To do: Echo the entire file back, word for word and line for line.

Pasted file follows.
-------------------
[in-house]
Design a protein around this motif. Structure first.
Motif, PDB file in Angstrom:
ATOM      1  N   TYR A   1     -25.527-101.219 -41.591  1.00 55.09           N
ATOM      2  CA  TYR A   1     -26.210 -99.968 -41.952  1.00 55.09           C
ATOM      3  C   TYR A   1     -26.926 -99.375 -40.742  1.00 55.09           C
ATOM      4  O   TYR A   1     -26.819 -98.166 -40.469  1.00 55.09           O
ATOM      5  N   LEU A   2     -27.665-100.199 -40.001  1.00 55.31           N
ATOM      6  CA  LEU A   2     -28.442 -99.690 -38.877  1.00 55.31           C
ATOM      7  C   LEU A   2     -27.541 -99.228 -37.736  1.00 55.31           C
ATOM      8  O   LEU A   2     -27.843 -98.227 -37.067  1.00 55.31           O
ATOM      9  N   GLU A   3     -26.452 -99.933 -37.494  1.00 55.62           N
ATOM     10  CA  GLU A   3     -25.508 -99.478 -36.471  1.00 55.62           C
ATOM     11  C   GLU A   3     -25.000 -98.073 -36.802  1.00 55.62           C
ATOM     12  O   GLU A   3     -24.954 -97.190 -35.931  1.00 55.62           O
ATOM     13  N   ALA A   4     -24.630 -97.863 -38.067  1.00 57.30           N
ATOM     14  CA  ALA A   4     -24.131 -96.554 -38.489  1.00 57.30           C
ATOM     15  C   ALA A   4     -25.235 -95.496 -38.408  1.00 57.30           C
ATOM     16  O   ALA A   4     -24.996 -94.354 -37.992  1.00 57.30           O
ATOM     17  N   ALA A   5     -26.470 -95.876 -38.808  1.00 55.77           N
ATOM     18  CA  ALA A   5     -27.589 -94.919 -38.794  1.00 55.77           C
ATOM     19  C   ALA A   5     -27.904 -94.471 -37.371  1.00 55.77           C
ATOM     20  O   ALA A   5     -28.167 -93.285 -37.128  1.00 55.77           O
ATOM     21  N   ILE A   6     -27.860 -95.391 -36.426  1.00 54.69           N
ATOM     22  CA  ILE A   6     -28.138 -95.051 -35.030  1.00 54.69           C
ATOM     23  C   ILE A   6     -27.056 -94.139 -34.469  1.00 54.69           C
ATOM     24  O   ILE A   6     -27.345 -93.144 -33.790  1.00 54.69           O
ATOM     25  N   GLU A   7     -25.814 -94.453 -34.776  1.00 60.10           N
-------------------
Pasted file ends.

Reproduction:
[in-house]
Design a protein around this motif. Structure first.
Motif, PDB file in Angstrom:
ATOM      1  N   TYR A   1     -25.527-101.219 -41.591  1.00 55.09           N
ATOM      2  CA  TYR A   1     -26.210 -99.968 -41.952  1.00 55.09           C
ATOM      3  C   TYR A   1     -26.926 -99.375 -40.742  1.00 55.09           C
ATOM      4  O   TYR A   1     -26.819 -98.166 -40.469  1.00 55.09           O
ATOM      5  N   LEU A   2     -27.665-100.199 -40.001  1.00 55.31           N
ATOM      6  CA  LEU A   2     -28.442 -99.690 -38.877  1.00 55.31           C
ATOM      7  C   LEU A   2     -27.541 -99.228 -37.736  1.00 55.31           C
ATOM      8  O   LEU A   2     -27.843 -98.227 -37.067  1.00 55.31           O
ATOM      9  N   GLU A   3     -26.452 -99.933 -37.494  1.00 55.62           N
ATOM     10  CA  GLU A   3     -25.508 -99.478 -36.471  1.00 55.62           C
ATOM     11  C   GLU A   3     -25.000 -98.073 -36.802  1.00 55.62           C
ATOM     12  O   GLU A   3     -24.954 -97.190 -35.931  1.00 55.62           O
ATOM     13  N   ALA A   4     -24.630 -97.863 -38.067  1.00 57.30           N
ATOM     14  CA  ALA A   4     -24.131 -96.554 -38.489  1.00 57.30           C
ATOM     15  C   ALA A   4     -25.235 -95.496 -38.408  1.00 57.30           C
ATOM     16  O   ALA A   4     -24.996 -94.354 -37.992  1.00 57.30           O
ATOM     17  N   ALA A   5     -26.470 -95.876 -38.808  1.00 55.77           N
ATOM     18  CA  ALA A   5     -27.589 -94.919 -38.794  1.00 55.77           C
ATOM     19  C   ALA A   5     -27.904 -94.471 -37.371  1.00 55.77           C
ATOM     20  O   ALA A   5     -28.167 -93.285 -37.128  1.00 55.77           O
ATOM     21  N   ILE A   6     -27.860 -95.391 -36.426  1.00 54.69           N
ATOM     22  CA  ILE A   6     -28.138 -95.051 -35.030  1.00 54.69           C
ATOM     23  C   ILE A   6     -27.056 -94.139 -34.469  1.00 54.69           C
ATOM     24  O   ILE A   6     -27.345 -93.144 -33.790  1.00 54.69           O
ATOM     25  N   GLU A   7     -25.814 -94.453 -34.776  1.00 60.10           N